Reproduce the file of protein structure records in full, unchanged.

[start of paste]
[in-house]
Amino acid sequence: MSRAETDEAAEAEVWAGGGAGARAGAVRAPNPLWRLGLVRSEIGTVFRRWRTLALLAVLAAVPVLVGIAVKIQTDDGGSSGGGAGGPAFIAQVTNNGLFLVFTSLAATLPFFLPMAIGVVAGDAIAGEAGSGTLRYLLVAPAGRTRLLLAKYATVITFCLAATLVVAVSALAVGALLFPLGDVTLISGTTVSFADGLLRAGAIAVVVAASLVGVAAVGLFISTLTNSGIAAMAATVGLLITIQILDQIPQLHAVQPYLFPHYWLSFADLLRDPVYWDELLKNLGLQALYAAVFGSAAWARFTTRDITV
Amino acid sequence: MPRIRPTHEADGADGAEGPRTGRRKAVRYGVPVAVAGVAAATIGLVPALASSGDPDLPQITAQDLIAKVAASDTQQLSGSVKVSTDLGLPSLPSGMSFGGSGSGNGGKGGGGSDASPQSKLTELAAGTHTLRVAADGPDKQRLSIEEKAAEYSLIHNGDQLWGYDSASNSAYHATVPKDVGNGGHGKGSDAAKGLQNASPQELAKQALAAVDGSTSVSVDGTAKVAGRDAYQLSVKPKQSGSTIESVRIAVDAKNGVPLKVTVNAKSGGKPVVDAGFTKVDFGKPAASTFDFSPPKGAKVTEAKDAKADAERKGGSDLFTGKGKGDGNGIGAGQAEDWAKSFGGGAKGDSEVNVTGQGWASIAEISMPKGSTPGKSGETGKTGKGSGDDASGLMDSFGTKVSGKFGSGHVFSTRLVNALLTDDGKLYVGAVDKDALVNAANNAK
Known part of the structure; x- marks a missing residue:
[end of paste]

[in-house]
Amino acid sequence: MSRAETDEAAEAEVWAGGGAGARAGAVRAPNPLWRLGLVRSEIGTVFRRWRTLALLAVLAAVPVLVGIAVKIQTDDGGSSGGGAGGPAFIAQVTNNGLFLVFTSLAATLPFFLPMAIGVVAGDAIAGEAGSGTLRYLLVAPAGRTRLLLAKYATVITFCLAATLVVAVSALAVGALLFPLGDVTLISGTTVSFADGLLRAGAIAVVVAASLVGVAAVGLFISTLTNSGIAAMAATVGLLITIQILDQIPQLHAVQPYLFPHYWLSFADLLRDPVYWDELLKNLGLQALYAAVFGSAAWARFTTRDITV
Amino acid sequence: MPRIRPTHEADGADGAEGPRTGRRKAVRYGVPVAVAGVAAATIGLVPALASSGDPDLPQITAQDLIAKVAASDTQQLSGSVKVSTDLGLPSLPSGMSFGGSGSGNGGKGGGGSDASPQSKLTELAAGTHTLRVAADGPDKQRLSIEEKAAEYSLIHNGDQLWGYDSASNSAYHATVPKDVGNGGHGKGSDAAKGLQNASPQELAKQALAAVDGSTSVSVDGTAKVAGRDAYQLSVKPKQSGSTIESVRIAVDAKNGVPLKVTVNAKSGGKPVVDAGFTKVDFGKPAASTFDFSPPKGAKVTEAKDAKADAERKGGSDLFTGKGKGDGNGIGAGQAEDWAKSFGGGAKGDSEVNVTGQGWASIAEISMPKGSTPGKSGETGKTGKGSGDDASGLMDSFGTKVSGKFGSGHVFSTRLVNALLTDDGKLYVGAVDKDALVNAANNAK
Known part of the structure; x- marks a missing residue: